Pima labor definition in dispute

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A mundane topic of labor discussions has evolved into a sharp point of conten- tion between Pima Community College and its three largest employee organiza- tions. The disagreement centers around a process called “meet and confer.”

Pima Community College Education As- sociation Vice President Matej Boguszak said in an email that meet and confer is im- portant on multiple fronts.

“It is what substitutes for collective bar- gaining at Pima and at many other com- munity college districts across the state,” he said.

PCC spokeswoman Libby Howell said that is not the case. “Meet and confer is not collective bargaining, it’s not a nego- tiation and it does not result in a binding contract,” she said.

Boguszak and PCCEA contend the guidelines for meet and confer have con- sisted entirely of Higher Learning Com- mission-related topics the past two years.

“We were asked to focus solely on HLC compliance, reduction in force (layoff) policies, and were not allowed to discusssalaries/raises due to the poor financialstate of the college,” Boguszak said.

That’s not usual, according to Boguszak. “More typically, faculty and administra- tion both bring a list of topics/priorities they feel need attention and jointly agree on (or negotiate) which ones to tackle,” he said.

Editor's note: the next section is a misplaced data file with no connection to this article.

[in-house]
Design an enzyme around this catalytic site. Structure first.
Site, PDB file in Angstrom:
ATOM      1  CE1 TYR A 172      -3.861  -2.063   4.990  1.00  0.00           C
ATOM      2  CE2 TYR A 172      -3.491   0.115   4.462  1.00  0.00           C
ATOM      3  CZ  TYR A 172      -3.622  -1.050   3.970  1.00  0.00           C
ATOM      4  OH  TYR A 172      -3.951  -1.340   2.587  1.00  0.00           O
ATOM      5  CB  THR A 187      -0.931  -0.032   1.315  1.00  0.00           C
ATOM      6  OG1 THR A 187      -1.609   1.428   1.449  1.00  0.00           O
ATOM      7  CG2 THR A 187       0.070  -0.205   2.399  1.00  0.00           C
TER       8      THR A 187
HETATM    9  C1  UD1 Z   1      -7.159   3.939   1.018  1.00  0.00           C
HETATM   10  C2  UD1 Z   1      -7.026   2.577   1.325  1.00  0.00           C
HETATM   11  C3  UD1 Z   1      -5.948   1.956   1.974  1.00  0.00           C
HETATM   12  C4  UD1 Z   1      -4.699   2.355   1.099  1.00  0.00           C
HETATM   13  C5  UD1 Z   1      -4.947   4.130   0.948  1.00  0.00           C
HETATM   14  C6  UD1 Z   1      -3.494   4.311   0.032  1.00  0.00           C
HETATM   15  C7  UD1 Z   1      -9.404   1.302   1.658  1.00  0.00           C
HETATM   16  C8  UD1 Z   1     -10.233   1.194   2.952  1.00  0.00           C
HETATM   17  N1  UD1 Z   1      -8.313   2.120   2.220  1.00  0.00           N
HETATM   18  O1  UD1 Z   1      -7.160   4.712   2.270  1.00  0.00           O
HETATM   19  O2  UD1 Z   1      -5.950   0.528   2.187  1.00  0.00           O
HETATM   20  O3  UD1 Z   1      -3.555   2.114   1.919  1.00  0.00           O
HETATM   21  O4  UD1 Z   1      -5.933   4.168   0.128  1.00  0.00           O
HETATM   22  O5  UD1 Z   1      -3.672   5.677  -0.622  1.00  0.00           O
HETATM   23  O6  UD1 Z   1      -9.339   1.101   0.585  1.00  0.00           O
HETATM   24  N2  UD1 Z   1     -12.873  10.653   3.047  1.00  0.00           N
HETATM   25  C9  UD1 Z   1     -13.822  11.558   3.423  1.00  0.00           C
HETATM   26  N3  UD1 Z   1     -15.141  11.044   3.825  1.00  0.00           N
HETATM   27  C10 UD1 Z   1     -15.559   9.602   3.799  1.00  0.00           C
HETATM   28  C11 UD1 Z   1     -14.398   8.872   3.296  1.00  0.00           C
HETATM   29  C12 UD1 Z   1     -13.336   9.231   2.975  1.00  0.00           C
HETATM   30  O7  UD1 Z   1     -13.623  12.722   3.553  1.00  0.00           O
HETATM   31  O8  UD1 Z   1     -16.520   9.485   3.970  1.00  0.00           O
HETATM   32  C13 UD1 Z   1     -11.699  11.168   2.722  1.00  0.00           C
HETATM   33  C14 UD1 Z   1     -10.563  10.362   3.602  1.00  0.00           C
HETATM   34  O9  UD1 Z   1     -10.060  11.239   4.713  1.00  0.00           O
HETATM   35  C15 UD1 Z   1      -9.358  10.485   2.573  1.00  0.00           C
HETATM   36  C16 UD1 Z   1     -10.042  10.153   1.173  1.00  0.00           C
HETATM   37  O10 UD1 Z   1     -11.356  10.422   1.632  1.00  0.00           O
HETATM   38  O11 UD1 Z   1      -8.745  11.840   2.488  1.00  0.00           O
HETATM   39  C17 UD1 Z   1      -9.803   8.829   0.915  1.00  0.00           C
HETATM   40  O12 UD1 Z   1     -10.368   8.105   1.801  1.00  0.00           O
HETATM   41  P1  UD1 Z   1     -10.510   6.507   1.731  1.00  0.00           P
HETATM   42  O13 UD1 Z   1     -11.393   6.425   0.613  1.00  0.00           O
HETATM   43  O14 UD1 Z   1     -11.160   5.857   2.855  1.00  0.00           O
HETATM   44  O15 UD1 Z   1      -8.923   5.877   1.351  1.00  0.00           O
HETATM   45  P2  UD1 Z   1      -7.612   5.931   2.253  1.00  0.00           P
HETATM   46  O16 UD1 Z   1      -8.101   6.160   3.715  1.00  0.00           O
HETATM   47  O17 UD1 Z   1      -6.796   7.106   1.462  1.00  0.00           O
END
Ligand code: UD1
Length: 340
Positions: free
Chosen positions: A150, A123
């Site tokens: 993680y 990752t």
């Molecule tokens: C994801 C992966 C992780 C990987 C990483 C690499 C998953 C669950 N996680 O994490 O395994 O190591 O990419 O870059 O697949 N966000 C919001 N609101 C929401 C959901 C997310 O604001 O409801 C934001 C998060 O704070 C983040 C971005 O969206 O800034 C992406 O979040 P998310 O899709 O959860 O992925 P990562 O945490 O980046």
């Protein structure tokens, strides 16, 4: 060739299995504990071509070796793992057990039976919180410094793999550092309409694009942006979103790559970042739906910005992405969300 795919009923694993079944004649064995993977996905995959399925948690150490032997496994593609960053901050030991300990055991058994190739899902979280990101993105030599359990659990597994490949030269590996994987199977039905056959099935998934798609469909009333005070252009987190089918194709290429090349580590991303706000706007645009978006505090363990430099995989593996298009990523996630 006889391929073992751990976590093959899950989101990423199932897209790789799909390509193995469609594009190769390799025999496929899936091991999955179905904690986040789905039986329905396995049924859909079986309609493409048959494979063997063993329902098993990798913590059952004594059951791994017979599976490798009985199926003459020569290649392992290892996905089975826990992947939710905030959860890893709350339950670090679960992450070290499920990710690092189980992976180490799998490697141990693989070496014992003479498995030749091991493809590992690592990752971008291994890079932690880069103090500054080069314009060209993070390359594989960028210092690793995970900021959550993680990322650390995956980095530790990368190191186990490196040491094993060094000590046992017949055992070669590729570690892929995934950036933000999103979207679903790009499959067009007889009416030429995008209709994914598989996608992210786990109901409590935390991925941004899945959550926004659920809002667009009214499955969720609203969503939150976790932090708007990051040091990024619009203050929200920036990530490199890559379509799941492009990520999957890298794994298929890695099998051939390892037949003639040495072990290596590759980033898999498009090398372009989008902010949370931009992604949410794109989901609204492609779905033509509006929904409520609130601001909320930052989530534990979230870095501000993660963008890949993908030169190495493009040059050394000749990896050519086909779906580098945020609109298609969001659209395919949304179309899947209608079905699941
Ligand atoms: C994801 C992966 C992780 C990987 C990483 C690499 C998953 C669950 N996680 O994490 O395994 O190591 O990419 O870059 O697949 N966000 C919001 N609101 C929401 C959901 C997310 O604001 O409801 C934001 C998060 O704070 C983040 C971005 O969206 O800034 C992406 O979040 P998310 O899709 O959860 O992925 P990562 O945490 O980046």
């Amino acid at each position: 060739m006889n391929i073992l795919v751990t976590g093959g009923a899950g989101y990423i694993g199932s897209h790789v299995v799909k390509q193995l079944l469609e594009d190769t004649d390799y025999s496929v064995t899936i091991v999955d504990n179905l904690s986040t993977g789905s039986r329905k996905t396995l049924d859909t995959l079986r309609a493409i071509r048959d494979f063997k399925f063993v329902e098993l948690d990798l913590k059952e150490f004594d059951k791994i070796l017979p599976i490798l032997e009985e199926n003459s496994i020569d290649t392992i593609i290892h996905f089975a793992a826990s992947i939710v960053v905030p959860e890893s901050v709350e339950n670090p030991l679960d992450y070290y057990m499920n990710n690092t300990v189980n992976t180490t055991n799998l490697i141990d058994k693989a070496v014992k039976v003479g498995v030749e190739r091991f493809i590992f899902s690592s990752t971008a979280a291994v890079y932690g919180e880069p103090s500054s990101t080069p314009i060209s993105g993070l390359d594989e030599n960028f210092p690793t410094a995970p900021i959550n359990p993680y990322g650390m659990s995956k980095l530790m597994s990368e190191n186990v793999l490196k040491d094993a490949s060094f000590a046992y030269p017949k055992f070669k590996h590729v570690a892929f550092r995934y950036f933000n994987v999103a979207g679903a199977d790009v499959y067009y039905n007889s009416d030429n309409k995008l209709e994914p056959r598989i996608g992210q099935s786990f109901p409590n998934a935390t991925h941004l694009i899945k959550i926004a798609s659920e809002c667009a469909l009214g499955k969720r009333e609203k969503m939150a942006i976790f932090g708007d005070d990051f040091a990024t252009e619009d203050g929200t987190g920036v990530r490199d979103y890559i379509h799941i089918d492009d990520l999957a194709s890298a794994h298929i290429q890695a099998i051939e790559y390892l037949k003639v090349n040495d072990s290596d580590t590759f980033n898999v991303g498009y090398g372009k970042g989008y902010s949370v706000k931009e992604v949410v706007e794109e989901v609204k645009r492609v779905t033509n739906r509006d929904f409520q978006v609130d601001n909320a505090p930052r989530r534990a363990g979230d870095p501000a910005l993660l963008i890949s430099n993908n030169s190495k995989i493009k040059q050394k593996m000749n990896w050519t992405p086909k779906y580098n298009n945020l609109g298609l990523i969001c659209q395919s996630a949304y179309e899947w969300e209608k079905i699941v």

The administration takes a different view. Howell said the Personal Gover- nance Task Force was set up to handle is- sues with human resources as well as to “be more inclusive of employee input.”

Both sides point to a specific policy tosupport their argument: Board of Gover- nors Policy 1.25.

The task force met twice, according to Howell. “What’s most noteworthy is that the PGTF developed the new framework by consensus, meaning all committee members agreed with it,” she said.

Boguszak believes that consensus is a matter of perspective.

The PGTF “had met during Fall 2015 to address the issue of redesigning BP 1.25and Meet and Confer, but it has not final-ized any specific recommendations and hasnot met since,” he said.

The policy, which is another point of contention, was up for discussion at the last governing board meeting on Nov. 16. A change in language was proposed, chang- ing key wording from “assist” to “inform.”

“The proposed language changes to BP 1.25 were presented as minor adjustmentsmade to reflect current practice and theextent of the board’s involvement,” Bo- guszak said.

He and PCCEA fear that the change could “potentially contribute to a dimin- ished employee voice.”

The administration and Howell findthose fears unfounded. She points out that the three employee organizations, includ- ing PCCEA, cannot provide the only em- ployee representatives during meet and confer meetings.

“Similarly, membership in these organi- zations at Pima is voluntary, and not nec- essarily representative of the majority of employees,” Howell said.

With both sides seeing the negotiations in such different terms, a contentious at- mosphere awaits the meetings, scheduled for sometime in the spring semester.

Boguszak harbors some hope, though.

“I truly believe we’re all in this together to create an environment that best supports the work faculty do with our students,” he said.

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